This is a spare, deader-than-deadpan quasi-comedy that will make you think of Aki Kaurismaki and Roy Andersson; it's not nearly as good as either of them though, but neither is it chopped liver.
The eponymous Schultze is a portly and aging accordion player who's just been forcibly pensioned off from his mining job. With nothing left to do but keep going, he finds new meaning when he listens to a Cajun radio program and falls in love with a Zydeco tune. This causes much friction with a local music society that frowns upon anything but traditional polkas, but Schultze is obsessed.
The plot is only half the point, working as it does in concert with well-stage-managed static takes of the protagonist and his sad-sack fellow retirees. And director Michael Schorr is very good at getting the right tone of nothingness to provoke deliciously uncomfortable laughter.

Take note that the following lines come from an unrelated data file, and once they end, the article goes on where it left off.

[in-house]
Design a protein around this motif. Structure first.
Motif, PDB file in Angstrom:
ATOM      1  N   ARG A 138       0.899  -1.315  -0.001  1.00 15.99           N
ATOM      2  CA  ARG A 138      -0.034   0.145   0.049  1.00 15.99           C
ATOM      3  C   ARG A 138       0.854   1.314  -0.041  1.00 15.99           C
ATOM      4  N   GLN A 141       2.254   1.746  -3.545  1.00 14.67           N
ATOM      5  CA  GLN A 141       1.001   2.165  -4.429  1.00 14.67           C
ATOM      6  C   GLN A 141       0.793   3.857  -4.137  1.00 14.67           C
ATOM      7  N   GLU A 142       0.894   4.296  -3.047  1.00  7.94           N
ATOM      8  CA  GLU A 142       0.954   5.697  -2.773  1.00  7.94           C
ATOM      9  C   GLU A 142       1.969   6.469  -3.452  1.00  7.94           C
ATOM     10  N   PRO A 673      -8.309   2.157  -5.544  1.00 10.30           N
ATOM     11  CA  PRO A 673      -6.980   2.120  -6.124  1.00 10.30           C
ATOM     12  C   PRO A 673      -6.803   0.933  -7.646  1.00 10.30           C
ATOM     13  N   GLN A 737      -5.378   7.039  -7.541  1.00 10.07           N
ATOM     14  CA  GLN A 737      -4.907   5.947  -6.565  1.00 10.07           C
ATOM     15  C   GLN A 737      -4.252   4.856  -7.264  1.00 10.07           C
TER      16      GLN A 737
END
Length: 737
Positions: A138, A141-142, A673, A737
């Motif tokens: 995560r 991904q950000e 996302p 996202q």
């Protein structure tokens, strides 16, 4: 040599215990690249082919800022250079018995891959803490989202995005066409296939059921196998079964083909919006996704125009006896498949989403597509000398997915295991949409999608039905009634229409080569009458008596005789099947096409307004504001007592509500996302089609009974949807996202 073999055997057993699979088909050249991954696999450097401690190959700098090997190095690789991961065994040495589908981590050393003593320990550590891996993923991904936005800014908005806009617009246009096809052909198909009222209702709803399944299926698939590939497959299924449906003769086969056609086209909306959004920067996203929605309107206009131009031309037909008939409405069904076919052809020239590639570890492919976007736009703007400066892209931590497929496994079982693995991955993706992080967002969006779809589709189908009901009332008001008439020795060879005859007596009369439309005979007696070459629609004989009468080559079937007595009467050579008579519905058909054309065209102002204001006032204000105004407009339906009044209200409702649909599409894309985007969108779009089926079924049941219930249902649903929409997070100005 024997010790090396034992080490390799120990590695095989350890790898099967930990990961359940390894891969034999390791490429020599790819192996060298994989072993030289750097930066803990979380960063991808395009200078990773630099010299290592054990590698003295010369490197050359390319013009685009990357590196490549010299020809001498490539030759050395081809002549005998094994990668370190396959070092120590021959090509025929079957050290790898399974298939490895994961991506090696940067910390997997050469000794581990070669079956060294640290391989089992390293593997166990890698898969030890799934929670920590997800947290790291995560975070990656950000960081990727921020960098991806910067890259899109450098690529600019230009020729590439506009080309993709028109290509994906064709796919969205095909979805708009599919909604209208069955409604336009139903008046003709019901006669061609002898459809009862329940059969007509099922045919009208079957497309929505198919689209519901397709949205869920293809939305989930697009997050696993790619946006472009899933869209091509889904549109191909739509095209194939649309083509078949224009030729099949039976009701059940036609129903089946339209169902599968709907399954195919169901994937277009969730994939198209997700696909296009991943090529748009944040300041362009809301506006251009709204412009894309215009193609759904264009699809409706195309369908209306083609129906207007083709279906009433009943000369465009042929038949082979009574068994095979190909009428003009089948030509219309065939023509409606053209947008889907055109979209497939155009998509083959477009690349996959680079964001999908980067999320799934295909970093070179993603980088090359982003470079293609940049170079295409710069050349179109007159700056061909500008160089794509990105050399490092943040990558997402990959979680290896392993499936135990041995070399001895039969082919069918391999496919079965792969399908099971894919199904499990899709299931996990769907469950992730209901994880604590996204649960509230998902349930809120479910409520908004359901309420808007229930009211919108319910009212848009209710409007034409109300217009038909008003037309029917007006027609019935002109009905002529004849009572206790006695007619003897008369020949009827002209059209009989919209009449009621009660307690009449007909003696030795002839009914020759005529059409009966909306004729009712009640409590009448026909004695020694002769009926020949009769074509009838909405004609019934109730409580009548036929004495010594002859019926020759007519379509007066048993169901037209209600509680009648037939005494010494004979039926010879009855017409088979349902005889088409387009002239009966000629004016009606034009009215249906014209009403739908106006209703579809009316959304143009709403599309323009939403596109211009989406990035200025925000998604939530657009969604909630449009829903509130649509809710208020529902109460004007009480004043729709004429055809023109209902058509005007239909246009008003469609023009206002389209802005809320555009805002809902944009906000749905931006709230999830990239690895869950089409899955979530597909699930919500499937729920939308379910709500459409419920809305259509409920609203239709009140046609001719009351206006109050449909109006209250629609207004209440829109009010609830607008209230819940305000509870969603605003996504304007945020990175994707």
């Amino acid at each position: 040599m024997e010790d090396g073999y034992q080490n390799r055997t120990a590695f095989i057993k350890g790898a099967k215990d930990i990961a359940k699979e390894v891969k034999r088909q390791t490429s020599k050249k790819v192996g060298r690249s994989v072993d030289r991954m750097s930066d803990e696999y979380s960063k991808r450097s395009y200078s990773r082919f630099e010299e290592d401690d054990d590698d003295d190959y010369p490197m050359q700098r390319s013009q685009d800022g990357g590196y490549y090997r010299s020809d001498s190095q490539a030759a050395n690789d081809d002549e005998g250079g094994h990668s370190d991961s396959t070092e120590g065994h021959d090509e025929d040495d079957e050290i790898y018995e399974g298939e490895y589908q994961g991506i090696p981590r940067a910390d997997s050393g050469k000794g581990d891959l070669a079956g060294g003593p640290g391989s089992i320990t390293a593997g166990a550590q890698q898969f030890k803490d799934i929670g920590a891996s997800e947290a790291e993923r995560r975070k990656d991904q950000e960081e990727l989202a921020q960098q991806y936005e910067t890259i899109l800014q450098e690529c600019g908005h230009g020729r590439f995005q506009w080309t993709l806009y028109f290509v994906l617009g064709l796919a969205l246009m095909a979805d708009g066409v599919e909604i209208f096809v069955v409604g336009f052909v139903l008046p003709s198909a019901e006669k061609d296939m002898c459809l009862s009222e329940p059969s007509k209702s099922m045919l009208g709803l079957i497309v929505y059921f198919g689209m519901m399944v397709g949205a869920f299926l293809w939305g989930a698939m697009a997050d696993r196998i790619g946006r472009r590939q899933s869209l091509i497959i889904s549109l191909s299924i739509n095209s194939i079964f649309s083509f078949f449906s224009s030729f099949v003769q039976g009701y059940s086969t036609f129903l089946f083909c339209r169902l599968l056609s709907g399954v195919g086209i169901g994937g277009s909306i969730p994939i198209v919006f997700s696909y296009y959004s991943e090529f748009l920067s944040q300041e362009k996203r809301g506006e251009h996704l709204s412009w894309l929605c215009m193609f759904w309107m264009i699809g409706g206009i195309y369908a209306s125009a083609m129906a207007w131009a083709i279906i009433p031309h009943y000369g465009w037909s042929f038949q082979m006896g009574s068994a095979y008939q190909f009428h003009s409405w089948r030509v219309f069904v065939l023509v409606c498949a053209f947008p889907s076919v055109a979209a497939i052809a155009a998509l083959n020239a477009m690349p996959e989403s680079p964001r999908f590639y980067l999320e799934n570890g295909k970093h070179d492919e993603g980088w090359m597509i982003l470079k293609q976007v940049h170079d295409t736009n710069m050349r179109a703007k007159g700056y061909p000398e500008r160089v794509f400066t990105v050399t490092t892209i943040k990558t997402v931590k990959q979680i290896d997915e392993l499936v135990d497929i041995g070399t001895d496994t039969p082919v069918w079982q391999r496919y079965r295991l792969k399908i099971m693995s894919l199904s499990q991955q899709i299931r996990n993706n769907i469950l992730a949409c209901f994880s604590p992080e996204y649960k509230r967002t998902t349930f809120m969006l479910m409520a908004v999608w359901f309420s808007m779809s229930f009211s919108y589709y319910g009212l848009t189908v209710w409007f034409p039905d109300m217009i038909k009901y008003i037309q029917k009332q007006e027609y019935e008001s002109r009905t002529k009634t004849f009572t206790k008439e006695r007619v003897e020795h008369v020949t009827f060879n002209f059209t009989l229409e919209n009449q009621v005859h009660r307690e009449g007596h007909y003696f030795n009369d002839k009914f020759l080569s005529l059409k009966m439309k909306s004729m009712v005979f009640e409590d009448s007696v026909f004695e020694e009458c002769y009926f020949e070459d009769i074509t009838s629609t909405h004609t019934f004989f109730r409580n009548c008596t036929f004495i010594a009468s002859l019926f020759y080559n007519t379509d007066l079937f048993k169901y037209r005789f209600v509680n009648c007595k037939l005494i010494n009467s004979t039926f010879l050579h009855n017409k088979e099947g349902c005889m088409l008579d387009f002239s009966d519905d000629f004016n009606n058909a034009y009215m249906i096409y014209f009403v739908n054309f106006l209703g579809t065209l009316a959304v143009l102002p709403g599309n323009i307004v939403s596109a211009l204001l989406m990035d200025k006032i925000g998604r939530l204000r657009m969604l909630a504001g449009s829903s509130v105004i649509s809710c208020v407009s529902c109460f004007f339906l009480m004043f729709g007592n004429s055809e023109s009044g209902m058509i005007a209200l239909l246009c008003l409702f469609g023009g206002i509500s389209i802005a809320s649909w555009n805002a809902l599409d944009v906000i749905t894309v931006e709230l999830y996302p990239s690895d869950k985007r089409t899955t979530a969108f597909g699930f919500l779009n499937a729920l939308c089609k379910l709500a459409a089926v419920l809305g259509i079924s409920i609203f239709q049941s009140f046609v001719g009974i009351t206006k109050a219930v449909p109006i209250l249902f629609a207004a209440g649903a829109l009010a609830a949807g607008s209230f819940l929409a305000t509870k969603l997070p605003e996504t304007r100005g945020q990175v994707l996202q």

There's not a whole lot of substance to the film, which follows the same cute-outcast-follows-his-bliss routine as a million mainstream imports, and teeters on the brink of condescension to its childlike proletarian hero. It also nearly stops dead once it transplants Schultze to Louisiana, where he's largely isolated and without any significant figure to play off of. But Horst Krause makes a quietly hilarious impression in the lead role, as much for his comic build as for his performance, and Schorr knows how to arrange him and the rest of the cast for maximum comic impact.
If there are far better films in this vein, this is still a curious enough piece of filmmaking to hold you in bemusement, and it's very funny when it decides to stay on issue. (Paramount Classics)